Visas & vaccinations


Once you’ve chosen the safari regions you’d like to visit, your tour operator can advise on visas. But here’s a quick guide to give you a sense;

South Africa is visa-free for most EU and US passport holders – but make sure your passport has at least 6 months validity and 2 blank pages. And if you’re traveling with kids, check the paperwork required very carefully as it is very specific.

Botswana and Namibia, like South Africa, are visa-free for Americans and most Europeans traveling on holiday.

Zimbabwe, Zambia, Tanzania and Malawi require visas for most visitors from outside Africa, but they can be purchased on arrival – you’ll need to have US$ notes for this, in the correct denominations. For some you can arrange the visa in advance, which is a bit more admin.

Kenya has an online visa system, which must be done in advance.

Quick links:

Check these sites to be extra sure on the latest visa requirements;

Vaccinations and malaria

Before rushing off to the doctor, do a little homework and ask the advice of your tour operator. Not all of Africa has malaria. There are many misperceptions about Africa – for example, visitors are often surprised to find the tap water is fine to drink in South Africa.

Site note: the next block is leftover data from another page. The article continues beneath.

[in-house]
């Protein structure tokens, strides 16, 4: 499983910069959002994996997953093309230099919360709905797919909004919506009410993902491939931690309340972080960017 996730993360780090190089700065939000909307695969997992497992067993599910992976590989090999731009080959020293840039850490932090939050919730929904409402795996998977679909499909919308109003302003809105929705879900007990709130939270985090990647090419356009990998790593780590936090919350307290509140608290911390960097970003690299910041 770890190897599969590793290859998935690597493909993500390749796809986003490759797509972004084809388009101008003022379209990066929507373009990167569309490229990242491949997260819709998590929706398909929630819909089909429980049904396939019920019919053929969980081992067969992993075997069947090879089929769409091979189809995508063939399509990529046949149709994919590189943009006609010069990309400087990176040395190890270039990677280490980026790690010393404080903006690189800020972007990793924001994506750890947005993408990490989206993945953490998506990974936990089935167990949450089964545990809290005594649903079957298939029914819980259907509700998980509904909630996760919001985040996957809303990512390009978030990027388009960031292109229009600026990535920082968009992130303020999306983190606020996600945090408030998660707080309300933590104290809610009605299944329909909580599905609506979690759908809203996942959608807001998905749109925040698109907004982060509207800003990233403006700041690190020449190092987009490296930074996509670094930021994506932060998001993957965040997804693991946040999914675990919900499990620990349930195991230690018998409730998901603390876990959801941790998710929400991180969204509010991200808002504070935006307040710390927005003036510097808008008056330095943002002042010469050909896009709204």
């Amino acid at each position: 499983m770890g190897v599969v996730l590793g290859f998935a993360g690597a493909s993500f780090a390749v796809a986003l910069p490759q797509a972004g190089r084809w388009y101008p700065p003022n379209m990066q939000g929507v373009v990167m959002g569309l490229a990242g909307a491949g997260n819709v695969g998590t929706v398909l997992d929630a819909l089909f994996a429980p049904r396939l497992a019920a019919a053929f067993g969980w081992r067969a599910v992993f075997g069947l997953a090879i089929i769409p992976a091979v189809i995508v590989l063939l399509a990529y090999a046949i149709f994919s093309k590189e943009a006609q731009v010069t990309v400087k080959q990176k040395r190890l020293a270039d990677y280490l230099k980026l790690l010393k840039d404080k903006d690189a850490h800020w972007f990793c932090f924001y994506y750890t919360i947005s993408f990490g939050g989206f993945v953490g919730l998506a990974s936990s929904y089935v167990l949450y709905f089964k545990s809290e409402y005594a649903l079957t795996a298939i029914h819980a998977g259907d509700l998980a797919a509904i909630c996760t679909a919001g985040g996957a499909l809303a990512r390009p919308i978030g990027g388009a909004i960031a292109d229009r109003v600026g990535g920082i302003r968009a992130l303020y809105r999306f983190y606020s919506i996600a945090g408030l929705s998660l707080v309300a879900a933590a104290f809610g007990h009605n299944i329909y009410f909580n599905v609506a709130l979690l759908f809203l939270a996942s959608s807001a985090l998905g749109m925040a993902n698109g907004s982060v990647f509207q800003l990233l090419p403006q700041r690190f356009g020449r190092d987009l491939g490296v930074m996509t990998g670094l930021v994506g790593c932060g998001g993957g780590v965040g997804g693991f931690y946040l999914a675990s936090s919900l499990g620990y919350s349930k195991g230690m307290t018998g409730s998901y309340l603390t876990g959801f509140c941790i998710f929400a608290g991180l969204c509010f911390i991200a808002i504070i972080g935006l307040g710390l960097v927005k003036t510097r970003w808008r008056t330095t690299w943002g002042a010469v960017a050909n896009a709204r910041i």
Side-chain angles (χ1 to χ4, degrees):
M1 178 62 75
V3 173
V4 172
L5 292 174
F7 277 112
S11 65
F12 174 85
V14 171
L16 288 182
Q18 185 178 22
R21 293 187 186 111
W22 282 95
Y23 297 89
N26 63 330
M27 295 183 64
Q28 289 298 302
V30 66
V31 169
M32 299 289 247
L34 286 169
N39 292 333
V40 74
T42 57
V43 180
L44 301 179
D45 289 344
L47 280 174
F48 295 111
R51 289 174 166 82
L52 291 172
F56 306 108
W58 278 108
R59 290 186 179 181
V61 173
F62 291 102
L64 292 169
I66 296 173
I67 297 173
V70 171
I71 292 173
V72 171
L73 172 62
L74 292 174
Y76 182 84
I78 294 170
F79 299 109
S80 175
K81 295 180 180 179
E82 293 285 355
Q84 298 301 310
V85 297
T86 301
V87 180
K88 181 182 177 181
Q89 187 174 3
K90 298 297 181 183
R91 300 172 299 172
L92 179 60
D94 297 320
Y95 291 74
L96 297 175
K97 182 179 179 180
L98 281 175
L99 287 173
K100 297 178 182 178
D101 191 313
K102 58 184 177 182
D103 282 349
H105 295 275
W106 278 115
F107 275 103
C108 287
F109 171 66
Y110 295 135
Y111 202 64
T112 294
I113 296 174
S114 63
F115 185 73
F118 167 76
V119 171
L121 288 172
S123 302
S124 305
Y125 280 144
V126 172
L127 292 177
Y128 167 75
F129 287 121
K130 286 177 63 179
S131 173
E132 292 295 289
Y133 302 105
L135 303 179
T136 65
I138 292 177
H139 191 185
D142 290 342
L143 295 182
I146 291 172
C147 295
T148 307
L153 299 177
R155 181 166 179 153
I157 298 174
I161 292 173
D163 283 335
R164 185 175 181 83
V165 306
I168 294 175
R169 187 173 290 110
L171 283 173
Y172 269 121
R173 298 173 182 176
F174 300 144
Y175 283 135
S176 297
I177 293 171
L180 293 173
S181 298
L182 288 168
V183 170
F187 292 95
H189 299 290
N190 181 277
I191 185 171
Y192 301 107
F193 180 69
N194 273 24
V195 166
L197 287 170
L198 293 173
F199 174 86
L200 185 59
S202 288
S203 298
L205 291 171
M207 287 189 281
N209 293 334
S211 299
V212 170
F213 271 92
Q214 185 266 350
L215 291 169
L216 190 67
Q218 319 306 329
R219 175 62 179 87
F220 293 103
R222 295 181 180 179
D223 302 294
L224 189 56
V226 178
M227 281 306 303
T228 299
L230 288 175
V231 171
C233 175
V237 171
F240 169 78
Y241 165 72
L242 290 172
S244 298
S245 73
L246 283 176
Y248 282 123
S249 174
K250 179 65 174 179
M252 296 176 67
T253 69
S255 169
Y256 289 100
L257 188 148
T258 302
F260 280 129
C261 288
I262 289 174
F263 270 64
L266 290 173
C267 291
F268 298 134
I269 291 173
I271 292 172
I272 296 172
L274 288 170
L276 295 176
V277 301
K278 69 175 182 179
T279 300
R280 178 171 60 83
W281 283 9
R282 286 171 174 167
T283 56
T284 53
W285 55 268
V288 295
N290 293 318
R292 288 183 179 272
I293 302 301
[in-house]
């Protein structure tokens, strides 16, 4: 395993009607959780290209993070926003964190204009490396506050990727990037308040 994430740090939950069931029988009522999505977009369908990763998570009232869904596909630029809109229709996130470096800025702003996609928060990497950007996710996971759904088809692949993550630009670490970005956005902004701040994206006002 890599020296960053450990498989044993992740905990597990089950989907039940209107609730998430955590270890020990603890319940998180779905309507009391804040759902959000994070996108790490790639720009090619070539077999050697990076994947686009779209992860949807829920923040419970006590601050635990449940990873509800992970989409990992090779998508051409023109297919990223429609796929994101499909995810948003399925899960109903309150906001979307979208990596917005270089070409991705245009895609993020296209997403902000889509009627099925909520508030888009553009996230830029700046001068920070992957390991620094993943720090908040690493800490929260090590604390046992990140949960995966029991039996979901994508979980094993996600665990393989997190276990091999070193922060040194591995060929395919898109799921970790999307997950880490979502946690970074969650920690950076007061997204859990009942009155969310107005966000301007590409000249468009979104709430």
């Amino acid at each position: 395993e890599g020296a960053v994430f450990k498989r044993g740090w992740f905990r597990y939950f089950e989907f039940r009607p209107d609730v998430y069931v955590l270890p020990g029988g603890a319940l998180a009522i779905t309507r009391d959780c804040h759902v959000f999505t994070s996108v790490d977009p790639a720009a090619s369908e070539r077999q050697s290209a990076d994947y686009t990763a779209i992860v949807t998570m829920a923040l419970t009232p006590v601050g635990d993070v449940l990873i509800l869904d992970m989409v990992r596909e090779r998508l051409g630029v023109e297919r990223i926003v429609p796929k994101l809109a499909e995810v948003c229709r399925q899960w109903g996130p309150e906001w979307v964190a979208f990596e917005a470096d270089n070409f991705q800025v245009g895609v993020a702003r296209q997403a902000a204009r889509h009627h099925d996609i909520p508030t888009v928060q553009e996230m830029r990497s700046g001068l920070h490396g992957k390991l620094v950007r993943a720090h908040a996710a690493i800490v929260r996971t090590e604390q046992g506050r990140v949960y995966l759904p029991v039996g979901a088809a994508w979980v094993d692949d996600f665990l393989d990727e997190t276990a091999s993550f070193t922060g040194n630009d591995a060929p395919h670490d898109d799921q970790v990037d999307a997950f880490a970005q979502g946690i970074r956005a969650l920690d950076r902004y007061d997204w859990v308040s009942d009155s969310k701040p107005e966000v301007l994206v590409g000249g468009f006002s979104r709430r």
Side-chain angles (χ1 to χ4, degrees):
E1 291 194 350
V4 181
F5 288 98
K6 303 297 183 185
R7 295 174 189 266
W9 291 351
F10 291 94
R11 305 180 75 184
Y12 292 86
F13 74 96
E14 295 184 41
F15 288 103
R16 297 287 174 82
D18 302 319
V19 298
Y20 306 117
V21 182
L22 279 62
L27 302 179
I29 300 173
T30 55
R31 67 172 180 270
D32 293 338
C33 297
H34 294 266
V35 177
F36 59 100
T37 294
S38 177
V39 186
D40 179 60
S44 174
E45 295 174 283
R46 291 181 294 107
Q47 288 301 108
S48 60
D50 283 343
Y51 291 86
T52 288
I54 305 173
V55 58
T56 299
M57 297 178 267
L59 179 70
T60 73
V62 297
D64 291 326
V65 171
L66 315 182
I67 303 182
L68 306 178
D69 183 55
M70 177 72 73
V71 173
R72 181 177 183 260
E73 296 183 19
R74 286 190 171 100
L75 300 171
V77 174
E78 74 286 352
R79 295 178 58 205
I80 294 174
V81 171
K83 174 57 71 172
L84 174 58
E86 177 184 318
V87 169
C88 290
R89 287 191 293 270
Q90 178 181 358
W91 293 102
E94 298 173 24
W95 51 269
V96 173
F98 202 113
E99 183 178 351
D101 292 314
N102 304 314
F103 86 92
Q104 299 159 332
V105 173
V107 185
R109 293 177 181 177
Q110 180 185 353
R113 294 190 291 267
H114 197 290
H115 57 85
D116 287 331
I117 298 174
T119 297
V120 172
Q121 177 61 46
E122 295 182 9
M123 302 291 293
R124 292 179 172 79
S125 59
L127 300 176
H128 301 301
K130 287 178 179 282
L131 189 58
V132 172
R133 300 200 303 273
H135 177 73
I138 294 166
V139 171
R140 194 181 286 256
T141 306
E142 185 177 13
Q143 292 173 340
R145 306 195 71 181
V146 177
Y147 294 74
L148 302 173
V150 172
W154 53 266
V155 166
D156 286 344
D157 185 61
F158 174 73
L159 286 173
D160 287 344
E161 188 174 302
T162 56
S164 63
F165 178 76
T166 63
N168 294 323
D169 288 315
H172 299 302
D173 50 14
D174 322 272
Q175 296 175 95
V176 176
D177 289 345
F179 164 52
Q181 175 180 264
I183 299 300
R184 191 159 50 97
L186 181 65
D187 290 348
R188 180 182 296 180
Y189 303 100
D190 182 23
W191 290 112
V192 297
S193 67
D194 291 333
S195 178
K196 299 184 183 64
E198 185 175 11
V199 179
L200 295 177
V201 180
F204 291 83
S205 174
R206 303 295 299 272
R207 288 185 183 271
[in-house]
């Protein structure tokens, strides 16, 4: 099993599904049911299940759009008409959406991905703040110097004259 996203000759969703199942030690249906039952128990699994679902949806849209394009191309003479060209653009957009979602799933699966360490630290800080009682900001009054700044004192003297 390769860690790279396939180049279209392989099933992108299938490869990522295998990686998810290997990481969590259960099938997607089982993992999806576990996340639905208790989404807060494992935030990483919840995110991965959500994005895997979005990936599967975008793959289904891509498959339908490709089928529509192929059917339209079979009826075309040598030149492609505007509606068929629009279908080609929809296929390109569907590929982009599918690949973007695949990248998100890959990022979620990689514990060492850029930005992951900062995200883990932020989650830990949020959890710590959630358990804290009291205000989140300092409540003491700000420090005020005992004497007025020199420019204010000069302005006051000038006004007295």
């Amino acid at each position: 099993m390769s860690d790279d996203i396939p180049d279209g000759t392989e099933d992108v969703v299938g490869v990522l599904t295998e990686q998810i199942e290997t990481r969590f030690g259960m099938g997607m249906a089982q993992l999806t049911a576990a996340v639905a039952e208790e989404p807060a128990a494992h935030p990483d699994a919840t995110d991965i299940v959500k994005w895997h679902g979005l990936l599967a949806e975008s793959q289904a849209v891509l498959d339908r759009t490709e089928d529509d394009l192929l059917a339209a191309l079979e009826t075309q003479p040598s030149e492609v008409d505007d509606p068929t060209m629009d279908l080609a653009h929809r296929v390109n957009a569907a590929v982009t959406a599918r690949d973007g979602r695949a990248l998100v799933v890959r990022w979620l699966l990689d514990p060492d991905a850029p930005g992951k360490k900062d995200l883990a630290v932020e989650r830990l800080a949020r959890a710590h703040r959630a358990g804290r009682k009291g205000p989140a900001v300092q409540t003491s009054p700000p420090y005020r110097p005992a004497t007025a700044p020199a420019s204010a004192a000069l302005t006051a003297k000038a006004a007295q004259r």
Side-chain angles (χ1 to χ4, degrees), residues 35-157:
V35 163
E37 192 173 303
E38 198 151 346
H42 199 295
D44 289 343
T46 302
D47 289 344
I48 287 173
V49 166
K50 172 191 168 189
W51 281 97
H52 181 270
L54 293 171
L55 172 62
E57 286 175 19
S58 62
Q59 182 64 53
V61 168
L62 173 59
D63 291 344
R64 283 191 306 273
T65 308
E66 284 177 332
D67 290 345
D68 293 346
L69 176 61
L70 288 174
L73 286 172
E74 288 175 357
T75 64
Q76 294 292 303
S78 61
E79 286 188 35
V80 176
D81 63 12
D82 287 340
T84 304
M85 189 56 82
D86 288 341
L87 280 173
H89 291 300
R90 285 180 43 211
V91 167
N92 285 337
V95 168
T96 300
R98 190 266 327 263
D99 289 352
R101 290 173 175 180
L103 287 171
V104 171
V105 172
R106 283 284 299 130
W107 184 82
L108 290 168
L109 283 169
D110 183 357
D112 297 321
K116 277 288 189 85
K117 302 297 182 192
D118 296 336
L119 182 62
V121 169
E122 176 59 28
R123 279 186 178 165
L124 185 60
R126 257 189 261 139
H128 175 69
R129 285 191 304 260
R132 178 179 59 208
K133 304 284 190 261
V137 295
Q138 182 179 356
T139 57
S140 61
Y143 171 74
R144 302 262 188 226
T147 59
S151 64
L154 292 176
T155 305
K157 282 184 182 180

South Africa is the easy destination – there’s no yellow fever, and no malaria in Johannesburg, Cape Town, Madikwe, the Waterberg, the Eastern Cape or Tswalu. Malaria is only in the far northern and eastern parts; these include Kruger and northern KwaZulu Natal.

Namibia is mostly low risk country for malaria, due to being so arid, except for certain wetter areas.

Kenya’s high altitude Laikipia is malaria free, and the Samburu area is low risk.

A Yellow Fever vaccination is required for travel between countries – please ask your doctor to check specifically on this.

I would recommend visiting your doctor at least a month before traveling to get any vaccinations you do need.